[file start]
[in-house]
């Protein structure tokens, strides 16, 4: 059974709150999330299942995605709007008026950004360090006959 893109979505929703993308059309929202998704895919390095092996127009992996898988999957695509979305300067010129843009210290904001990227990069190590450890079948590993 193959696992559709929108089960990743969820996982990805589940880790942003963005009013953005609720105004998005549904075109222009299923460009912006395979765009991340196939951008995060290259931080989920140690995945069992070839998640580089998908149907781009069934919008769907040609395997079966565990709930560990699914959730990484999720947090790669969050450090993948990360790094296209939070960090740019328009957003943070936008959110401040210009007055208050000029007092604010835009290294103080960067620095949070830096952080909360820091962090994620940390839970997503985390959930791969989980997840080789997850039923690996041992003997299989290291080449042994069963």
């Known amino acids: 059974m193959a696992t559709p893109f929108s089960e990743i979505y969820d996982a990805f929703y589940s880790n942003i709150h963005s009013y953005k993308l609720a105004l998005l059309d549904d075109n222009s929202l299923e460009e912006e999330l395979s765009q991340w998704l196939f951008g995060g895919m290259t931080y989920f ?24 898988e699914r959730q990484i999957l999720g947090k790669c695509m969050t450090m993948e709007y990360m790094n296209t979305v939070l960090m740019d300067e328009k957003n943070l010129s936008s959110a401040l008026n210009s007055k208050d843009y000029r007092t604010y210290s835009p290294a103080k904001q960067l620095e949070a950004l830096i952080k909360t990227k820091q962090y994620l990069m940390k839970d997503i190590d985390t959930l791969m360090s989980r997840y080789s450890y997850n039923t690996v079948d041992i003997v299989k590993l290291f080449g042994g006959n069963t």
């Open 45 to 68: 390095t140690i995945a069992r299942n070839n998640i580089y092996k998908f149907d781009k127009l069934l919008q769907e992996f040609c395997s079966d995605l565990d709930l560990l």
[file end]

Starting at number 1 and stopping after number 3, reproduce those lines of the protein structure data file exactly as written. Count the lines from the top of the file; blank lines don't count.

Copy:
[in-house]
């Protein structure tokens, strides 16, 4: 059974709150999330299942995605709007008026950004360090006959 893109979505929703993308059309929202998704895919390095092996127009992996898988999957695509979305300067010129843009210290904001990227990069190590450890079948590993 193959696992559709929108089960990743969820996982990805589940880790942003963005009013953005609720105004998005549904075109222009299923460009912006395979765009991340196939951008995060290259931080989920140690995945069992070839998640580089998908149907781009069934919008769907040609395997079966565990709930560990699914959730990484999720947090790669969050450090993948990360790094296209939070960090740019328009957003943070936008959110401040210009007055208050000029007092604010835009290294103080960067620095949070830096952080909360820091962090994620940390839970997503985390959930791969989980997840080789997850039923690996041992003997299989290291080449042994069963």
């Known amino acids: 059974m193959a696992t559709p893109f929108s089960e990743i979505y969820d996982a990805f929703y589940s880790n942003i709150h963005s009013y953005k993308l609720a105004l998005l059309d549904d075109n222009s929202l299923e460009e912006e999330l395979s765009q991340w998704l196939f951008g995060g895919m290259t931080y989920f ?24 898988e699914r959730q990484i999957l999720g947090k790669c695509m969050t450090m993948e709007y990360m790094n296209t979305v939070l960090m740019d300067e328009k957003n943070l010129s936008s959110a401040l008026n210009s007055k208050d843009y000029r007092t604010y210290s835009p290294a103080k904001q960067l620095e949070a950004l830096i952080k909360t990227k820091q962090y994620l990069m940390k839970d997503i190590d985390t959930l791969m360090s989980r997840y080789s450890y997850n039923t690996v079948d041992i003997v299989k590993l290291f080449g042994g006959n069963t």